Thanks to COVID-19, many organizations and their their workers have had to fast-track their previously hypothetical plans and dreams to adopt remote working.
Where this was once a long-running debate with a handful of more progressive companies actually executing, all of a sudden many of us found ourselves working from home, including spending significant parts of our day in video meetings.
Less commuting, less polluting and much more flexibility in how one achieves work-life balance are amazing benefits.
However, it almost feels like we have to meet, albeit virtually, more than ever before. Add to that the constantly busy office chat (Teams, Slack, Mattermost, and many more offerings) with its groups and private chats, and the day can be quite exhausting even before doing the actual work that is discussed in all of these meetings.
Now just imagine that there was a way to skip most of those meetings, and to keep the office chat only for social reasons.
Wouldn’t that be great?
Well, it turns out that there is an important missing ingredient to making exactly that happen.
The missing ingredient is called asynchronous communication.
With a bit of discipline and some good expectation setting, the application of real-time sometimes, asynchronous most of the time will lead to a more efficient, better documented and, importantly, a far less stressful remote workplace.
To be clear, real-time sometimes, asynchronous most of the time makes a great deal of sense also in non-remote work settings.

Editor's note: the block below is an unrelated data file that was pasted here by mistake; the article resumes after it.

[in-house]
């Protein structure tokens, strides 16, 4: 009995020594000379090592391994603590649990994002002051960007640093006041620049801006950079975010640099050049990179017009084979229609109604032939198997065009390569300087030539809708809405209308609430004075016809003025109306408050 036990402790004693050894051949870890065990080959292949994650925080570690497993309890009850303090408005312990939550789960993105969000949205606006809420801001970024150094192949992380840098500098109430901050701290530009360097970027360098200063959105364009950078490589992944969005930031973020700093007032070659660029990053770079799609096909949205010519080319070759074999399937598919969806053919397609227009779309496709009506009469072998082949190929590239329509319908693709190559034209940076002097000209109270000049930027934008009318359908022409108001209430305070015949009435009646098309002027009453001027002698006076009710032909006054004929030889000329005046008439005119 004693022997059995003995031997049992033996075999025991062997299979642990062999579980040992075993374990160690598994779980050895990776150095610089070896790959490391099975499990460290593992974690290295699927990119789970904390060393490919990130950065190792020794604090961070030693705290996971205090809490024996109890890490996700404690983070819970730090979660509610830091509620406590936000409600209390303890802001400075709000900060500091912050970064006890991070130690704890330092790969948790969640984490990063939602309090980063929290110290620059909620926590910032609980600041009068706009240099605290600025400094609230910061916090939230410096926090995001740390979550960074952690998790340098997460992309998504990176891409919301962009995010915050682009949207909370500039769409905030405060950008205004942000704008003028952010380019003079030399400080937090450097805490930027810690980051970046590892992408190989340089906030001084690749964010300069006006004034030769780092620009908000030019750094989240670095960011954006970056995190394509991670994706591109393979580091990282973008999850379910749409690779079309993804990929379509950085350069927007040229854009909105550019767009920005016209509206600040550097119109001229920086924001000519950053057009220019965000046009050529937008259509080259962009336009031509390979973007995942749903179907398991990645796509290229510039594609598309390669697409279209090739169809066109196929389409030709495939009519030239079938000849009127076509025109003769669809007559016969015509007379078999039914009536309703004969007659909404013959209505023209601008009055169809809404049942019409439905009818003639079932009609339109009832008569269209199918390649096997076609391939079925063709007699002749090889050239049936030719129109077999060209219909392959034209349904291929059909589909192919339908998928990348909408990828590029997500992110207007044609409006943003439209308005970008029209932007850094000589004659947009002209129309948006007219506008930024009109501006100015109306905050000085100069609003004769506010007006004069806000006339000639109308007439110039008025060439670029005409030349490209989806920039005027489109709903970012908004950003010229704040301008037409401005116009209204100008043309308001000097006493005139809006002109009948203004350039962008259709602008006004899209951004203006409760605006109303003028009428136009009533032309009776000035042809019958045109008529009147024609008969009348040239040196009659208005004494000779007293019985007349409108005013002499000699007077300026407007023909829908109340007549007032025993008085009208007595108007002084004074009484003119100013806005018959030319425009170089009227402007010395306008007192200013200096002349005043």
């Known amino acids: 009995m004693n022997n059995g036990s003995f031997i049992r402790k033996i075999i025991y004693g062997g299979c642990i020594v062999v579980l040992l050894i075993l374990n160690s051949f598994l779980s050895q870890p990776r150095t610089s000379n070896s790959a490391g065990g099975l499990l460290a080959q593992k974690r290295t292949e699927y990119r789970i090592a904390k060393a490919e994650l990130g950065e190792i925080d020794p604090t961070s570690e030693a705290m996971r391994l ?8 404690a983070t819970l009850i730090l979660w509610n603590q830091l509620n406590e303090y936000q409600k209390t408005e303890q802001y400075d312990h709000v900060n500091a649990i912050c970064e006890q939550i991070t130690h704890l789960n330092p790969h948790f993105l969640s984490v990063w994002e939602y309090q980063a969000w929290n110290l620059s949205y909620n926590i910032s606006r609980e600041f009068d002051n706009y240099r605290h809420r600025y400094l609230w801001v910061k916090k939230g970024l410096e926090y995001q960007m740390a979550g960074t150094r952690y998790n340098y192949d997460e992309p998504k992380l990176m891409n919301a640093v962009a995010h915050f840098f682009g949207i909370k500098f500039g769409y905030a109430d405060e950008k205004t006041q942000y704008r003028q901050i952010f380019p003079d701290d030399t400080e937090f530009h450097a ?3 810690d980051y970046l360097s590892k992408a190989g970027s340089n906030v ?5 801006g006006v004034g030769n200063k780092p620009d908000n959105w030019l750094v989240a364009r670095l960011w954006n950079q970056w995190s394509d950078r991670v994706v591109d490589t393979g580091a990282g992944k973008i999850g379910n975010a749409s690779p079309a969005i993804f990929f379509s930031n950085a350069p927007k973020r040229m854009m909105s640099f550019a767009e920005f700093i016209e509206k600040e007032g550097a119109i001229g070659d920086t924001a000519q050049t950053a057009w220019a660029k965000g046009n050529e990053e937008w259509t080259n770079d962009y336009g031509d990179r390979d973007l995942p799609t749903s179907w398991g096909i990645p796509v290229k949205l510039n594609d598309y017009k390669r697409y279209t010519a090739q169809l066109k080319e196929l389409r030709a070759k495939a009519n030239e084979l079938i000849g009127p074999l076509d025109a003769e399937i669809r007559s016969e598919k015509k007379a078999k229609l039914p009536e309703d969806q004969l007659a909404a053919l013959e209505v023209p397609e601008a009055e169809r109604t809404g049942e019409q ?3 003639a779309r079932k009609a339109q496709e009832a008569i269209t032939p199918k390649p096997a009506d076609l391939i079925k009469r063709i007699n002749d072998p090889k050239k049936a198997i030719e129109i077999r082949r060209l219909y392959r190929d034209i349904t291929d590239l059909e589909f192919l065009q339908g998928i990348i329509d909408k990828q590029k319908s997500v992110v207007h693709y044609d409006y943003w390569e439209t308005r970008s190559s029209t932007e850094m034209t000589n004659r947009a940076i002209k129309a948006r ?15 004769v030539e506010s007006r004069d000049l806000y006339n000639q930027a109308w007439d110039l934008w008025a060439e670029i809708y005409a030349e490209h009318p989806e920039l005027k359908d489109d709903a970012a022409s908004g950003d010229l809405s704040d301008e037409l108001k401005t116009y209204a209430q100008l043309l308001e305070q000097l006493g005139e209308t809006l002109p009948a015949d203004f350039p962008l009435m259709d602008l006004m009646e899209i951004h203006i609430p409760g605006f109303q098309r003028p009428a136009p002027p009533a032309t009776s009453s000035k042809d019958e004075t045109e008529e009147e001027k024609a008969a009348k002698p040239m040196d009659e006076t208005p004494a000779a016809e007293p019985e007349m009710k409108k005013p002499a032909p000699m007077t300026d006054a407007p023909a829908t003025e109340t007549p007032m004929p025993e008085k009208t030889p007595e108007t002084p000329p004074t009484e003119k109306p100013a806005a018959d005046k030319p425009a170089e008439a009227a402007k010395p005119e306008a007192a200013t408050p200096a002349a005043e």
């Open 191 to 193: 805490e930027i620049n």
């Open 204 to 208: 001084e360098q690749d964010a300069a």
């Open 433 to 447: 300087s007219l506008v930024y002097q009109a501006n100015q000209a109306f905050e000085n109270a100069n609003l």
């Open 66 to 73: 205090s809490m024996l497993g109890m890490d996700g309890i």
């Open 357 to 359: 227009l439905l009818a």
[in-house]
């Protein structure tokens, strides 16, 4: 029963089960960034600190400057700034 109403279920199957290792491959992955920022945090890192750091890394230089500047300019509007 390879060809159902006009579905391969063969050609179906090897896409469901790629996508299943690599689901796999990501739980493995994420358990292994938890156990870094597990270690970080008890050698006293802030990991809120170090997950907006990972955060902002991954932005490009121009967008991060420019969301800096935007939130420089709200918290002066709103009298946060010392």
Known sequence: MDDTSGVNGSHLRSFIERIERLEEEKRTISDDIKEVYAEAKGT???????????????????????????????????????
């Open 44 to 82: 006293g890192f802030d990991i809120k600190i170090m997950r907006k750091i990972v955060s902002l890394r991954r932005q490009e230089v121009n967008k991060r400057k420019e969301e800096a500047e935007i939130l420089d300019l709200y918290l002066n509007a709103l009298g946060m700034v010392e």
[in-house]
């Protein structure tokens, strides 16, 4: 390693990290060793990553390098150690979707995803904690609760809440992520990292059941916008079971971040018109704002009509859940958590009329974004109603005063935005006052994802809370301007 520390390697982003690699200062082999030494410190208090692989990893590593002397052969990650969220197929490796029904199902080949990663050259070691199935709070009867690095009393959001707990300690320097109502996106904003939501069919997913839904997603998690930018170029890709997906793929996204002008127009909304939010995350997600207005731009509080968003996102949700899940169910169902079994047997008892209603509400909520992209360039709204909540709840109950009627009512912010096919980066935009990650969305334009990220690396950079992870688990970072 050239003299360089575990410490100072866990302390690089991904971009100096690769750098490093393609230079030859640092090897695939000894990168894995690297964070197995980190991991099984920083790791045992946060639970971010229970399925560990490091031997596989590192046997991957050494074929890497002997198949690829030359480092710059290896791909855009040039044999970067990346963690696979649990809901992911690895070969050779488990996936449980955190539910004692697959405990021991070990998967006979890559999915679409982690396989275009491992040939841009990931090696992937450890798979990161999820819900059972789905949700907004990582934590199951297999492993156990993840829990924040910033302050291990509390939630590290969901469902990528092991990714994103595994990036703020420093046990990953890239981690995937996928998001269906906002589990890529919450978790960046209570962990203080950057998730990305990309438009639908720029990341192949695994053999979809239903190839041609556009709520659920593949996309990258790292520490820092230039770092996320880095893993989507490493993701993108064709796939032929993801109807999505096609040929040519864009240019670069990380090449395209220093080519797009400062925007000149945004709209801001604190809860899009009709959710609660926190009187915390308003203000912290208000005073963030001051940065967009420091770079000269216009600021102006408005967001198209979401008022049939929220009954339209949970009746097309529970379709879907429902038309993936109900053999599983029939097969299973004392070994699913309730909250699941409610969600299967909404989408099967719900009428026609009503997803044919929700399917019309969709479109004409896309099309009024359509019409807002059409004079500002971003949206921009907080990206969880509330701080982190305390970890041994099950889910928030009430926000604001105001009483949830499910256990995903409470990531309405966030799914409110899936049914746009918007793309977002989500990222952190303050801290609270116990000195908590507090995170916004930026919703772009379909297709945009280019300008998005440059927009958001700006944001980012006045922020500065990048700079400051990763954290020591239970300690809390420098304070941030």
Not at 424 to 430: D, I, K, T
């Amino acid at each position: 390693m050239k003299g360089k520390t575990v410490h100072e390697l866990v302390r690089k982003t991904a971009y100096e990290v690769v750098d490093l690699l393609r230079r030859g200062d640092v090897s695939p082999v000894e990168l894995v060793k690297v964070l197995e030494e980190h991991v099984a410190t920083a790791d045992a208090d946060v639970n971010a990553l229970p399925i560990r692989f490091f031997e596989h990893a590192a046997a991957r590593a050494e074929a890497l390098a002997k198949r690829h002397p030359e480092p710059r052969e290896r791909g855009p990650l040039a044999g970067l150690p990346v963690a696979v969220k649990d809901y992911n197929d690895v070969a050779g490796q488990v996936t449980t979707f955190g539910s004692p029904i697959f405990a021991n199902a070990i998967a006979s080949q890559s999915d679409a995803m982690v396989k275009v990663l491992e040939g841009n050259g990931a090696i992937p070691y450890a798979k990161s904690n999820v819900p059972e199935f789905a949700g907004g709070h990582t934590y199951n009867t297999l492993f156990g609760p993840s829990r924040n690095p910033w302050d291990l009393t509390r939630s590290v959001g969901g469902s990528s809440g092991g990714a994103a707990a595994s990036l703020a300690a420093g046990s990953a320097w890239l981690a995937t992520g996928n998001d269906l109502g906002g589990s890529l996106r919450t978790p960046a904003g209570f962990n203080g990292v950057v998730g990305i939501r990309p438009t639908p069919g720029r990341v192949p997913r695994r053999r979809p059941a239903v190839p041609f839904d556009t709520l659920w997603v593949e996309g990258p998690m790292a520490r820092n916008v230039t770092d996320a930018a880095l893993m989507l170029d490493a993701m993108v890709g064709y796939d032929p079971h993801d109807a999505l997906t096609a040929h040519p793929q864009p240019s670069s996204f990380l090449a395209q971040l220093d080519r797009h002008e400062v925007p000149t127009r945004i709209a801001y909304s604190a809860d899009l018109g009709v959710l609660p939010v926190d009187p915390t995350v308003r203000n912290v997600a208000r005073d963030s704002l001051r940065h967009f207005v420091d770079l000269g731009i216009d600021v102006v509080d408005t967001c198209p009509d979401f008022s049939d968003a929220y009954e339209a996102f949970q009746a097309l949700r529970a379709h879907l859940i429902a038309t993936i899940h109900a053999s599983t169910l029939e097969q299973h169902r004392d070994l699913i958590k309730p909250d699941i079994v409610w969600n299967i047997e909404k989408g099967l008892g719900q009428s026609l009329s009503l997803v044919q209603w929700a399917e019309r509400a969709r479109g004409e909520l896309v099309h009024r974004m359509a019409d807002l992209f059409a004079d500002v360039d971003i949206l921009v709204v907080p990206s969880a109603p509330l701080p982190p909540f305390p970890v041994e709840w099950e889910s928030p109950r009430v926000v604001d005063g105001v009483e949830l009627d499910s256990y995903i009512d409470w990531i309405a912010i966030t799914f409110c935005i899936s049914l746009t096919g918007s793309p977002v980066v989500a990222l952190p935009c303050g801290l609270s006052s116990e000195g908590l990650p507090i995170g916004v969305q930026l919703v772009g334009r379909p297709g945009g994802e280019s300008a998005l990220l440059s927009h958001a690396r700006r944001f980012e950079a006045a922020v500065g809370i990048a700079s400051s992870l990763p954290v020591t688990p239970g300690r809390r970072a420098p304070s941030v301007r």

What is asynchronous communication?
The following is an extended version of the definitions from the company Doist’s blog post on the topic.
Synchronous communication is sending a message and expecting the recipient to process the information and respond immediately.
A meeting is a pretty intensive form of this.
You say something, and I usually have to respond on the spot.
In many cases, email is also treated as synchronous communication.
You hear that notification ping, so you stop whatever you’re doing and you check the email.
Whether you answer immediately or not, you have succeeded in losing concentration on your main task.
Asynchronous communication is sending a message without expecting an immediate response.
For example, you send me an email, and because our workplace policy sets these expectations, I can respond thoughtfully and in depth, in a few hours, during the following day or even later.
A more modern asynchronous communication tool would be the company discussion forum, or online project management system, where thoughtful and usually longer form messages can be contextually posted, that is, close to the project or task they pertain to.
These messages can be read by all relevant colleagues, and discussed in the comments.
A key idea here is that all communication happens asynchronously, with each colleague taking time to think and to respond when it best fits their schedule.
Please see Gitlab’s anynchronous mindset test below.
An additional advantage of this method is that all of these discussions and decisions are by default perfectly documented, can be shared with future colleagues, and can even be surfaced later via intranet search.
What are the disadvantages of a synchronous communication environment?
The following four problems that occur due to a synchronous communication environment are paraphrased from the Doist post:
- Constant interruptions
- Each notification of each incoming message breaks concentration to such an extent that people will have a hard time making progress on the sort of valuable work that requires blocks of focus. Apart from the immediate break, there is also the aggregate effect of all of the day’s interruptions which cause a great deal of unnecessary mental cycles that could have been spent on deep work.